The night that we met. A photo taken with my camera, Boston Harbor, June 28, 1991. The Archdiocese of Boston Young Adult Cruise. Note the body language. Jeff is moving in, getting a little cozy… Anne, well, she’s still a little skittish…
Anne and I were married on Nantucket Island on October 3rd, 1992. She had just turned 30 the day before (“Well, now she’s 30. Time to get married!”).
We’d met a little more than a year before on a “Young Adult Cruise” on Boston Harbor sponsored by the Archdiocese of Boston. In those days, pre-scandal, the Young Adult Ministry was fairly well booming.
Neither one of us had really wanted to go. We were in neighboring parishes at the time. She told her friends that it was the “Ship of Fools”, “Desperate Catholics afloat.” She was dragged along anyway.
By coincidence I was down by the waterfront, meeting for a drink with some consultant colleagues from work at a seafood restaurant. It was unbelievably hot that day, close to 100 degrees and very humid. I didn’t feel like hanging around for dinner, so I excused myself and meandered across Commercial Street and headed for the pier. I figured that out on the harbor, it was likely to be a much cooler spot than in the city itself. I picked up my ticket, and on ye ship O' fools I went.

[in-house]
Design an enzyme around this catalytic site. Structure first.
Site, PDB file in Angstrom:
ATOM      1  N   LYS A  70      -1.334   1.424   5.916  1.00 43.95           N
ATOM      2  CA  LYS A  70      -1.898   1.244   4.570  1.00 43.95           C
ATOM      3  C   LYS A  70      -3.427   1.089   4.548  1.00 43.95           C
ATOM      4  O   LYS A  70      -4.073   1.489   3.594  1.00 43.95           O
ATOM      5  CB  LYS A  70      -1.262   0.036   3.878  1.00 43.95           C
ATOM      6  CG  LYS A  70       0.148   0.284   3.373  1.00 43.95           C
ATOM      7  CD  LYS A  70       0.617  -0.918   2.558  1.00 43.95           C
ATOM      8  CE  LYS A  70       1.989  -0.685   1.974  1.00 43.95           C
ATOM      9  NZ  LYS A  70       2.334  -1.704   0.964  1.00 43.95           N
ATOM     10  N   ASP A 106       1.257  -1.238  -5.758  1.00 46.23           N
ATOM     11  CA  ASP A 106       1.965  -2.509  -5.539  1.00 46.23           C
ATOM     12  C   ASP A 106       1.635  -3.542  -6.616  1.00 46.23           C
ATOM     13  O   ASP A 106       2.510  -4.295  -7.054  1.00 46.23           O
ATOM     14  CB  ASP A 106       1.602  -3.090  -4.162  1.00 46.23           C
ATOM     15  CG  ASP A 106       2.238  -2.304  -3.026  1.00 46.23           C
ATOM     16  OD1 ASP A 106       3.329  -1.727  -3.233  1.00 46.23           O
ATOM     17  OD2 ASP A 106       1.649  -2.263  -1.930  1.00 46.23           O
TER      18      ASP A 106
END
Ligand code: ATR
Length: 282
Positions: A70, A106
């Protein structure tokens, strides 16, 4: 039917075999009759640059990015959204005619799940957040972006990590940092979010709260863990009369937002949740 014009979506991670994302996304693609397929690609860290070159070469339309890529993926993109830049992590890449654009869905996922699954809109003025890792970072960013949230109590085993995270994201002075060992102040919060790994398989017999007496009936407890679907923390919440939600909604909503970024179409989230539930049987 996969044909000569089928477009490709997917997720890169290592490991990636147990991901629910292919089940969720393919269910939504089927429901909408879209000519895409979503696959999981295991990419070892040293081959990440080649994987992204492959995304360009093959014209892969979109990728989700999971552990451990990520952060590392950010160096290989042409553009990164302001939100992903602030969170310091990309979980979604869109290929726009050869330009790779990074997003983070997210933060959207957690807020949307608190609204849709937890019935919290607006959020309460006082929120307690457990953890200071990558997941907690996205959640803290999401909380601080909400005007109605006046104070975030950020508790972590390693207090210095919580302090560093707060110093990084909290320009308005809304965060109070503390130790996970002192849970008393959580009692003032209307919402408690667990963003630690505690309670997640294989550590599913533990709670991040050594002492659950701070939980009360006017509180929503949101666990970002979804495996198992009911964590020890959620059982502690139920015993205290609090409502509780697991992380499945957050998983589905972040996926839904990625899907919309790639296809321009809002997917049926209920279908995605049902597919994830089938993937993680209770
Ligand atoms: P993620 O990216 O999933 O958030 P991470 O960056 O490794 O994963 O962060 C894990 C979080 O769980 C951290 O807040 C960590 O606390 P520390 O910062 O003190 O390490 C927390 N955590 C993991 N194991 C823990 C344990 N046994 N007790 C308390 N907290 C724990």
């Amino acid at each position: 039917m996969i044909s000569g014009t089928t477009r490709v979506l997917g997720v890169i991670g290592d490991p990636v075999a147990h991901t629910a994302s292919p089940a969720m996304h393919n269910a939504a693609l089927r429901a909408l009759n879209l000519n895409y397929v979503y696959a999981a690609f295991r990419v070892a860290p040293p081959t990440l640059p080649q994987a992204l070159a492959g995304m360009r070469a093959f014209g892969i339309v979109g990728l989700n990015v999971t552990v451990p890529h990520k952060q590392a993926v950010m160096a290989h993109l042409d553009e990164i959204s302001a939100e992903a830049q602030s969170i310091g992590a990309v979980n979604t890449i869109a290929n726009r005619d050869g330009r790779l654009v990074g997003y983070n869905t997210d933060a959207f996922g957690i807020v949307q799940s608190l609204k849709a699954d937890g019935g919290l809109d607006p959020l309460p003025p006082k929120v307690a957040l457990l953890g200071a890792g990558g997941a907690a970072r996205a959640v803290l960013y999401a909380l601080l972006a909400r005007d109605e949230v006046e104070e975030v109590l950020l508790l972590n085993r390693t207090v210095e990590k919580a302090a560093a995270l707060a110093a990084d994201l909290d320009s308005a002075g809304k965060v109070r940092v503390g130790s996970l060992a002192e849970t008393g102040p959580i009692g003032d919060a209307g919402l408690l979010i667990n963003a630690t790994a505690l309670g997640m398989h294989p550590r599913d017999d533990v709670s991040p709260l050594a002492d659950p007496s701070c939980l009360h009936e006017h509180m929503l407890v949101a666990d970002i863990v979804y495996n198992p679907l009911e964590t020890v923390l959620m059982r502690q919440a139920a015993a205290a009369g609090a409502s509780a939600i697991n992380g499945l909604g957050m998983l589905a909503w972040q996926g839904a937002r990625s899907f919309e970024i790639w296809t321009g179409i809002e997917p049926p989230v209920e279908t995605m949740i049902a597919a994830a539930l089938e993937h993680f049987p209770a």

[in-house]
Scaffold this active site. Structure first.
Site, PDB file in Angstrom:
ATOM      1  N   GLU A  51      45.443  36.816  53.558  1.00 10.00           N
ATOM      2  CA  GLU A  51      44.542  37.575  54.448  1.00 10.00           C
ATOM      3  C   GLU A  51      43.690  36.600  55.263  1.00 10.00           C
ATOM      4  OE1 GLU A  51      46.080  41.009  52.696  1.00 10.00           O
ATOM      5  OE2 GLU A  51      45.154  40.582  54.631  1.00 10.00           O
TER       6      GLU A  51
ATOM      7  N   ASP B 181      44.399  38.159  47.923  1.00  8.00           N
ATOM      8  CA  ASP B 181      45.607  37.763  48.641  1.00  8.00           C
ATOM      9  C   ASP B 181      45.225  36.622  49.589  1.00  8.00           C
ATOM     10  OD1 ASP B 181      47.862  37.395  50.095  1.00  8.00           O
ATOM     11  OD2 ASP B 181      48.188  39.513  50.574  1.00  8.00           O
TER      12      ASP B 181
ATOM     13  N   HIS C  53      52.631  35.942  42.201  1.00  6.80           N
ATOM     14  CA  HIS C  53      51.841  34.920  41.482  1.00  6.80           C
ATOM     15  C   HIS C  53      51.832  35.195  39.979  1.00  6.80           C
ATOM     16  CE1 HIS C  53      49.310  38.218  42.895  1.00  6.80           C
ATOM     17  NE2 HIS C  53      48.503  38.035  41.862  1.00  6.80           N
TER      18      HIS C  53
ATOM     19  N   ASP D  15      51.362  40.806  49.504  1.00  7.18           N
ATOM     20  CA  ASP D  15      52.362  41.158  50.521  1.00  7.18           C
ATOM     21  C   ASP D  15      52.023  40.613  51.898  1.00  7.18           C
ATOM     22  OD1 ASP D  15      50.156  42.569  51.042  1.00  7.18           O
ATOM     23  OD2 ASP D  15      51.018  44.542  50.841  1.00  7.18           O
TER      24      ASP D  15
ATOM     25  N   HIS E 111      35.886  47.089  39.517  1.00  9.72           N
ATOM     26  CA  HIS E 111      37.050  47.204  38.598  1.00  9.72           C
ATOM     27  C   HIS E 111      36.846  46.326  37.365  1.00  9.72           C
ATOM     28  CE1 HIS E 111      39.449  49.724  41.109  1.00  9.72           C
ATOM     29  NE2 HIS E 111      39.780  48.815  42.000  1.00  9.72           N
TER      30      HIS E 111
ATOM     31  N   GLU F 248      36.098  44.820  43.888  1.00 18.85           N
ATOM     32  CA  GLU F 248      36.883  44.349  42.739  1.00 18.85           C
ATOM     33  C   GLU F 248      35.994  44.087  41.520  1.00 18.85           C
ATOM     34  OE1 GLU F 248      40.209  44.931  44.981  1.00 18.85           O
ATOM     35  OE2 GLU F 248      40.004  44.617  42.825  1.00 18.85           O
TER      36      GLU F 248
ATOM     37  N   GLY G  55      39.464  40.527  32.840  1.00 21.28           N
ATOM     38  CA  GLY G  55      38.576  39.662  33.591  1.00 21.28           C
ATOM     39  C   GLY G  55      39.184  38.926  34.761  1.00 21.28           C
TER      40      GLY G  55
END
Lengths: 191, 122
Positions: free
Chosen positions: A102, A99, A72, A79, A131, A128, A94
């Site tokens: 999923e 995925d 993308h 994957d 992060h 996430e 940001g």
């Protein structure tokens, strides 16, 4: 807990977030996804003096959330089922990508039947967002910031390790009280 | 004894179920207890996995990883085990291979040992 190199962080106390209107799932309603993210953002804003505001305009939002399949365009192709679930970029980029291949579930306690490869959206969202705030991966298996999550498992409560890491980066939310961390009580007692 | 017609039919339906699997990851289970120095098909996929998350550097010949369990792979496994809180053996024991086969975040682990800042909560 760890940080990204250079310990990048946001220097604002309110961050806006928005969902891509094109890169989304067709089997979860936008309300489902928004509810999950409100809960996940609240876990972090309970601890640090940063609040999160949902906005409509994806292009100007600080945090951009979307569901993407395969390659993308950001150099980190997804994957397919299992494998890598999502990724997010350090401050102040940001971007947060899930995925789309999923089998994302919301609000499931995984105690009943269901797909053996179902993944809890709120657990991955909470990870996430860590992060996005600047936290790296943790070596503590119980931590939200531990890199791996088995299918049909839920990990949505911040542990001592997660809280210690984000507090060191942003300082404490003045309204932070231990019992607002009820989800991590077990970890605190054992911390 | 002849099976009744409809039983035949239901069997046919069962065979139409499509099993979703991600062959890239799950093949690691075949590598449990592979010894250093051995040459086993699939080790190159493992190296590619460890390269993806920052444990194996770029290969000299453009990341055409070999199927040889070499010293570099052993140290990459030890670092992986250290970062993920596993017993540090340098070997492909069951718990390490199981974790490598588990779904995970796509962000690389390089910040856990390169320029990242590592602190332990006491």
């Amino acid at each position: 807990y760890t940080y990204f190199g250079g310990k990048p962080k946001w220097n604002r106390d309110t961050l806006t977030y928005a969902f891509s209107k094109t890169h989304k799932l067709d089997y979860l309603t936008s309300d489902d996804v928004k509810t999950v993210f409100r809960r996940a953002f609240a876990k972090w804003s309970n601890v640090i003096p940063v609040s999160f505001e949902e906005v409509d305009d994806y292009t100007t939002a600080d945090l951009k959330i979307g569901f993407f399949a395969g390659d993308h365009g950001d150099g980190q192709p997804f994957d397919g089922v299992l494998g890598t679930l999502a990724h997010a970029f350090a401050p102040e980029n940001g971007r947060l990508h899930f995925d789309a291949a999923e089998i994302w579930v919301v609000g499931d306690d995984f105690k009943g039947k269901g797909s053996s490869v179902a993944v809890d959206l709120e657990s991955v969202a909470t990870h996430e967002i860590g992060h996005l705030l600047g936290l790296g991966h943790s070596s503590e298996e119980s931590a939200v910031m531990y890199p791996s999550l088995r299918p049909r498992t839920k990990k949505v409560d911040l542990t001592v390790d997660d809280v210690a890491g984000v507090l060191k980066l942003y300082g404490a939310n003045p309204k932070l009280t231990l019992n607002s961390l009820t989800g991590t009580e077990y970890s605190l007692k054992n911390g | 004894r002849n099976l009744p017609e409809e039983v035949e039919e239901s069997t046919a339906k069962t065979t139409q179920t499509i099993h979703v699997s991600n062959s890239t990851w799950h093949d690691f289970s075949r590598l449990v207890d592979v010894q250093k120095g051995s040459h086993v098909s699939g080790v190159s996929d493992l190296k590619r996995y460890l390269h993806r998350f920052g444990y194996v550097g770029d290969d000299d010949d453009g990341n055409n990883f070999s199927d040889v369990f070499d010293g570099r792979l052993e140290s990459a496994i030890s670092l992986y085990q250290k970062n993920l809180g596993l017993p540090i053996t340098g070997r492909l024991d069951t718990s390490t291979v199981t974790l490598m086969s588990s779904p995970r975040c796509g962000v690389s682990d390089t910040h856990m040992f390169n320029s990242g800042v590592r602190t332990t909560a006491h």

The boat had a bar, and a decent DJ. All truth be told (and Anne knows), I was trying to chat up a friend of Anne’s, a tall, leggy brunette named Megan, but I really wasn’t getting anywhere. Anne and I happened to start a conversation right up at the bow of the ship, and after a while I trapped her there, enchanted. We spoke for hours. As we talked up there, an Aer Lingus flight from the airport roared over our heads, jetting to Ireland. I was supposed to be on that flight to attend a friend’s wedding in Cork, and to finish up some unfinished matters with someone else, but I’d had to cancel out (that’s another long complicated story). What a twist of fate.
At the time, both of our mothers were suffering from long struggles with illness, mine with cancer, and hers with diabetes. In a short amount of time, we found out that we had a lot in common, and that for both of us, faith, family, and commitment meant everything. Within eight months, both of our mothers were gone. When someone sticks with you through all of the vicissitudes involved in the loss of a parent, a strong, profound bond is built that can rarely be broken. You find out a lot about a person. Both of us appreciated the value of finding someone who would stick, no matter what the cost. In a lot of ways, I grew up that night in June in terms of knowing what I should be looking for, and just in the nick of time.
Anyhow, at the end of that evening, I asked Anne out, and this is how it went:
Jeff: I really had a nice time talking to you tonight. May I take you out to dinner sometime?
Anne: OK, sure.
Jeff: Can I have your number?
Anne: (Pause) I’m in the book.
Jeff: (Pause) Well, can you tell me your last name, so I don’t have to start with the letter A?
A lot of our friends find that kind of conversation between us to be typical, expected, and unsurprising. :-)